Turkish Daily Yeni Şafak: Former NATO Commander Behind Failed Coup Against Erdoğan
The former commander of NATO forces in Afghanistan, retired US Army General John F. Campbell, was the mastermind behind the failed military coup in Turkey, the Yeni Şafak daily has reported, citing sources close to investigation.General John F. Campbell, 59, was “one of the top figures who organized and managed the soldiers behind the failed coup attempt in Turkey,” the conservative paper’s English-language edition said on Monday.
According to Yeni Safak, Campbell “also managed more than $2 billion in transactions via UBA Bank in Nigeria by using CIA links to distribute among the pro-coup military personnel in Turkey.”The retired US general had allegedly paid “at least two secret visits” to Turkey since May up to the attempted coup, which the Turkish authorities blamed on what they call the Fethullah Terrorist Organization (FETO).
Turkey’s foreign minister, Mevlut Cavusoglu, warned on Monday that ties with Washington could suffer unless they extradite the US-based cleric Fethullah Gülen, Erdoğan’s ideological adversary. Washington has repeatedly said that Turkey must provide solid evidence of any links Gülen might have to the attempted coup before any possible extradition process is discussed.
The Turkish daily reported that Campbell had top secret meetings at the Erzurum military base and Incirlik air base in Turkey, adding that the US general “directed the process of trending blacklisting the military officers in the base.”
According to the paper, “Millions of dollars of money has been transferred from Nigeria to Turkey by a group of CIA personnel. The money, which has been distributed to an 80-person special team of the CIA, was used to convince pro-coup generals. After taking money from their bank accounts, the CIA team hand-delivered it to the terrorists under the military dresses.”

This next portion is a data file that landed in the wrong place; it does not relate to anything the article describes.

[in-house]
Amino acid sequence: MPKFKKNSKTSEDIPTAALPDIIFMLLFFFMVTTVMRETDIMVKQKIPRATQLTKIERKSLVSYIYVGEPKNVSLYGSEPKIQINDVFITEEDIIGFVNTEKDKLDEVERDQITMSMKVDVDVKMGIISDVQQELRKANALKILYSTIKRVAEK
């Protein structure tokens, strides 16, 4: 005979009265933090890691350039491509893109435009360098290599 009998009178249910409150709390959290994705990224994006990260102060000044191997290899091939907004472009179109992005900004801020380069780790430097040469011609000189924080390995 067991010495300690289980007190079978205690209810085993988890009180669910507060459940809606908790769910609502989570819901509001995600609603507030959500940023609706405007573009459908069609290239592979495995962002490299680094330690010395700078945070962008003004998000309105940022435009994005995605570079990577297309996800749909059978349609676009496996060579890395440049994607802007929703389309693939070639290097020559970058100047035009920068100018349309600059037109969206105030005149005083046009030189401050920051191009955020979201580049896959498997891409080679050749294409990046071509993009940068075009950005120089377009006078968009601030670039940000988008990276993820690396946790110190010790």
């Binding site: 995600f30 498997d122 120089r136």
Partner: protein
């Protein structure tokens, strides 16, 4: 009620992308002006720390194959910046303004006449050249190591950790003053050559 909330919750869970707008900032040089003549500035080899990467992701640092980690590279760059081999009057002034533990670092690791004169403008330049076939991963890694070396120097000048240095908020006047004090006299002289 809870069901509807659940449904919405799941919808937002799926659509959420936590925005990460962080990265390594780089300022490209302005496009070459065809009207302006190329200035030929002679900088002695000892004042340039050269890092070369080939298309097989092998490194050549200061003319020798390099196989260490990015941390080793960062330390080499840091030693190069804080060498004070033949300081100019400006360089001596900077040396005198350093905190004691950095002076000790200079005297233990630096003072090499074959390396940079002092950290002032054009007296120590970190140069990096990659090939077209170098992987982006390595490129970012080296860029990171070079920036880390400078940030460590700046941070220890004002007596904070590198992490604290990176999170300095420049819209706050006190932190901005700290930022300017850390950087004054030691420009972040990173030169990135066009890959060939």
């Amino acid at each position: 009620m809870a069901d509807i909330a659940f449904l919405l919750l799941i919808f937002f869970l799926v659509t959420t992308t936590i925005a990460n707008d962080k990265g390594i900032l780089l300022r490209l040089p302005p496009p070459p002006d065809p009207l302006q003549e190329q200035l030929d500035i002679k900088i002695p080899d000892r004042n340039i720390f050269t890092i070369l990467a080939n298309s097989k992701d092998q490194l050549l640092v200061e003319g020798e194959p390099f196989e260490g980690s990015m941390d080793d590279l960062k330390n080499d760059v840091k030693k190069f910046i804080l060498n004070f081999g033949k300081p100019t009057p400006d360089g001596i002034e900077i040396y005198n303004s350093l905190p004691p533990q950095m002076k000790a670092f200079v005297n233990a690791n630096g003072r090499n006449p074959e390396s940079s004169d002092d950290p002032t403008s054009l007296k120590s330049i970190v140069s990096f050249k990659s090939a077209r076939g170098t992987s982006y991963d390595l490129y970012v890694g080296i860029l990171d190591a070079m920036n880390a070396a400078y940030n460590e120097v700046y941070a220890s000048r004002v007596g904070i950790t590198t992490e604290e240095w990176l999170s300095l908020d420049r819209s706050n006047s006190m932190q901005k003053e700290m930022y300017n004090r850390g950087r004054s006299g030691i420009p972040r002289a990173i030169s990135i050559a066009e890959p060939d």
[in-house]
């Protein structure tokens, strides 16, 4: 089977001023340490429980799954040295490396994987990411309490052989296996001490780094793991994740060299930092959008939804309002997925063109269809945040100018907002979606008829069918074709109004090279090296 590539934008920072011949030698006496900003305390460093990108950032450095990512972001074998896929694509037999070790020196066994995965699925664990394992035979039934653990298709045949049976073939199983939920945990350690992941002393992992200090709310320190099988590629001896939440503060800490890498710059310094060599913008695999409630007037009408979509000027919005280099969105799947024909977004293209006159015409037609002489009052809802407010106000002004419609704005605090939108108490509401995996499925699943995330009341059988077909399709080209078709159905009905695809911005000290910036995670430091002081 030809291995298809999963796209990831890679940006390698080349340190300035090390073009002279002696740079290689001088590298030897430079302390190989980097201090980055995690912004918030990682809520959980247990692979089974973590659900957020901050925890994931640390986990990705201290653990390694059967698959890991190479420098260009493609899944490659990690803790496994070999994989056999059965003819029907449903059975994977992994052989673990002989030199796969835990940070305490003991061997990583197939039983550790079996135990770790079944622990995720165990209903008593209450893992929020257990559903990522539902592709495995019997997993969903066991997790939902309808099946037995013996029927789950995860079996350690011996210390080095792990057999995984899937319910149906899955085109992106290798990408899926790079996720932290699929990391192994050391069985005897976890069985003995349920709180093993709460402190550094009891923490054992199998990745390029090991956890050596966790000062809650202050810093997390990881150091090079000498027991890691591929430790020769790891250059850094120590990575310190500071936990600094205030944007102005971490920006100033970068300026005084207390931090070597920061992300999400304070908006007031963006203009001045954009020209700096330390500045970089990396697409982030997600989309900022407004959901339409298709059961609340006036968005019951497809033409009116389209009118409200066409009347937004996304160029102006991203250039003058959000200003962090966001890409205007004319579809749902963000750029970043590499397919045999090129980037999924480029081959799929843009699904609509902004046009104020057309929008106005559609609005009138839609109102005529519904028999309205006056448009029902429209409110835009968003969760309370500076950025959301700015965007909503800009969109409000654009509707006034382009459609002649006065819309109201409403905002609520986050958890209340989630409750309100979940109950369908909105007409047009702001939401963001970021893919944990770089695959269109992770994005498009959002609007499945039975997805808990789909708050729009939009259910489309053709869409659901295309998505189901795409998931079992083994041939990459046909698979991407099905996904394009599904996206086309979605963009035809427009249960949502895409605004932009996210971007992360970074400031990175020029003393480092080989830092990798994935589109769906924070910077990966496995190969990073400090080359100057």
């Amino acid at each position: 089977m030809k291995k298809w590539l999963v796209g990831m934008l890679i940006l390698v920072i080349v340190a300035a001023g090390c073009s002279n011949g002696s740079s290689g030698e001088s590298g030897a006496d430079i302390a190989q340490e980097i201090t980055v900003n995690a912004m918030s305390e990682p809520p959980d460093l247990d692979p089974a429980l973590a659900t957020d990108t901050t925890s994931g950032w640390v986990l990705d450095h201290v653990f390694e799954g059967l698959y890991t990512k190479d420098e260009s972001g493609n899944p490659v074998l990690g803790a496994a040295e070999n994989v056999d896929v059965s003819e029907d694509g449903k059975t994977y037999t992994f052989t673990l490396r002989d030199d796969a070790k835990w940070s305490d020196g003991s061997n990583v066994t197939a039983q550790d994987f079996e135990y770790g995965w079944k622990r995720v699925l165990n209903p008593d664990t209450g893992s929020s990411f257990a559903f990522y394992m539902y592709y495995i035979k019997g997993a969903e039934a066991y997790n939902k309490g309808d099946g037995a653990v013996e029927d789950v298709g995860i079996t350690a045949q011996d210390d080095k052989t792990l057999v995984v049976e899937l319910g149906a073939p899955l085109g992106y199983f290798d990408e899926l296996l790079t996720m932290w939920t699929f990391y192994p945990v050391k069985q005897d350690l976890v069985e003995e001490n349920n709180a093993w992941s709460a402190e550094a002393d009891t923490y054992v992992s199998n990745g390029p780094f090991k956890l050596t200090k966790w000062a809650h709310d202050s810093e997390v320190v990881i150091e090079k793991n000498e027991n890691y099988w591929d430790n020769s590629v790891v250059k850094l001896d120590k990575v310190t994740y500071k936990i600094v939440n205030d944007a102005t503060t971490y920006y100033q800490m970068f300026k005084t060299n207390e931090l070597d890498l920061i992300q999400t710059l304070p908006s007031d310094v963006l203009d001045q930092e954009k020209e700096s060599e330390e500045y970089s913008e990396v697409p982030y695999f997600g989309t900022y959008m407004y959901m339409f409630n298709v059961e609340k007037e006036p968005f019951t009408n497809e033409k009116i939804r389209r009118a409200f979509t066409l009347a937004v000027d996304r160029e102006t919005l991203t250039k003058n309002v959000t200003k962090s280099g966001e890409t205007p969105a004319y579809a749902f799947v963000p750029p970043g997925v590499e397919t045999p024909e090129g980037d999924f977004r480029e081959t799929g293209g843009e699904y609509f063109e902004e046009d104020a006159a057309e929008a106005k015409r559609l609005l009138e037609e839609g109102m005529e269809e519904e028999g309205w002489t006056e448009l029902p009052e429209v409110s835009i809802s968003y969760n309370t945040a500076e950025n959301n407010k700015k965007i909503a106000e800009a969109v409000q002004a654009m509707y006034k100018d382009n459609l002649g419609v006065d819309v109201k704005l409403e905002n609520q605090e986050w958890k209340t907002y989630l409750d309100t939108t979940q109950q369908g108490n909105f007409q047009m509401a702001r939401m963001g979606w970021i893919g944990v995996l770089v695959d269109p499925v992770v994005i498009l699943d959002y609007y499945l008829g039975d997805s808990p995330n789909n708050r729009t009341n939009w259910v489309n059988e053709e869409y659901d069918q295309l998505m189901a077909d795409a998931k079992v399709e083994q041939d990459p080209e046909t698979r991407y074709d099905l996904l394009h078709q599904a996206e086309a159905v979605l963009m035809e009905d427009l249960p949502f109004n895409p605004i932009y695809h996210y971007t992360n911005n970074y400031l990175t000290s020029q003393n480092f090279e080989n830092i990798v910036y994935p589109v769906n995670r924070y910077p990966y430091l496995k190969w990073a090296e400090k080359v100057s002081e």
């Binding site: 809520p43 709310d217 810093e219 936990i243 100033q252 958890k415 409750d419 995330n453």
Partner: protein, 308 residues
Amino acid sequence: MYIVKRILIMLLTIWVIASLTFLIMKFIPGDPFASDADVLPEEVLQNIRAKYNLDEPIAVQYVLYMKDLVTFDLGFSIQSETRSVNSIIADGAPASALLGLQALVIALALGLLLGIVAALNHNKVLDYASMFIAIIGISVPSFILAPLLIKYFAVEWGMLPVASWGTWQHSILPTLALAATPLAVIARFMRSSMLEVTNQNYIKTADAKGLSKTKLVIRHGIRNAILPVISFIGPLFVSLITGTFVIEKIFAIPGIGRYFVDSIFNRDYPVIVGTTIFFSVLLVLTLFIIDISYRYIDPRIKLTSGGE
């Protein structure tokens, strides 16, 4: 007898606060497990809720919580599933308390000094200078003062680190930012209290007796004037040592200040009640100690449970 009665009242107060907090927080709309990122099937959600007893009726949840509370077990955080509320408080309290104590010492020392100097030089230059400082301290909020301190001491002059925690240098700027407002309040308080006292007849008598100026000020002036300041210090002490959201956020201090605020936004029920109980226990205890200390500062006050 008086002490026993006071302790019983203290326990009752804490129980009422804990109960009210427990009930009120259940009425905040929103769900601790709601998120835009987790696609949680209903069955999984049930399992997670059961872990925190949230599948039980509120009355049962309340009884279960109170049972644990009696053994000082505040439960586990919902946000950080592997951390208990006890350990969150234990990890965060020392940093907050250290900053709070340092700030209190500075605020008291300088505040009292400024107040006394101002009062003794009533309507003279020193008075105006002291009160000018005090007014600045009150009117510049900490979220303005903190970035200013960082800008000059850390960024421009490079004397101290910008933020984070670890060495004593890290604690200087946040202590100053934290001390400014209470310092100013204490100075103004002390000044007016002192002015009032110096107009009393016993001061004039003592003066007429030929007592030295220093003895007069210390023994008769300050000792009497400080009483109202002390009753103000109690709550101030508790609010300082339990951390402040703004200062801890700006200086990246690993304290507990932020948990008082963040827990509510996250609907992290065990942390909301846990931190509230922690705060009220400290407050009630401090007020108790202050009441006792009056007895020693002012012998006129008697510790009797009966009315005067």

Washington later dismissed accusations that Campbell was the mastermind behind the coup, with White House press secretary Josh Earnest calling the allegations against the general unsubstantiated.
During a speech to the Turkish parliament, Erdogan called Gulen, his former ally, a “dishonest traitor.”
“The FETO terror group, who are abusing people’s tax money to purchase guns, tanks, warplanes, heavy weapons and use against the nation, are rascals, traitors and dishonest,” Erdogan said last week, branding FETO “a virus that has metastasized.”
On Monday, the Turkish government issued detention warrants for over 40 journalists suspected of having links to the failed military coup.
Amnesty International sounded the alarm on Sunday, saying it gathered “credible evidence” that people arrested in relation to the failed coup attempt have been “subjected to beatings and torture, including rape, in official and unofficial detention centers in the country.”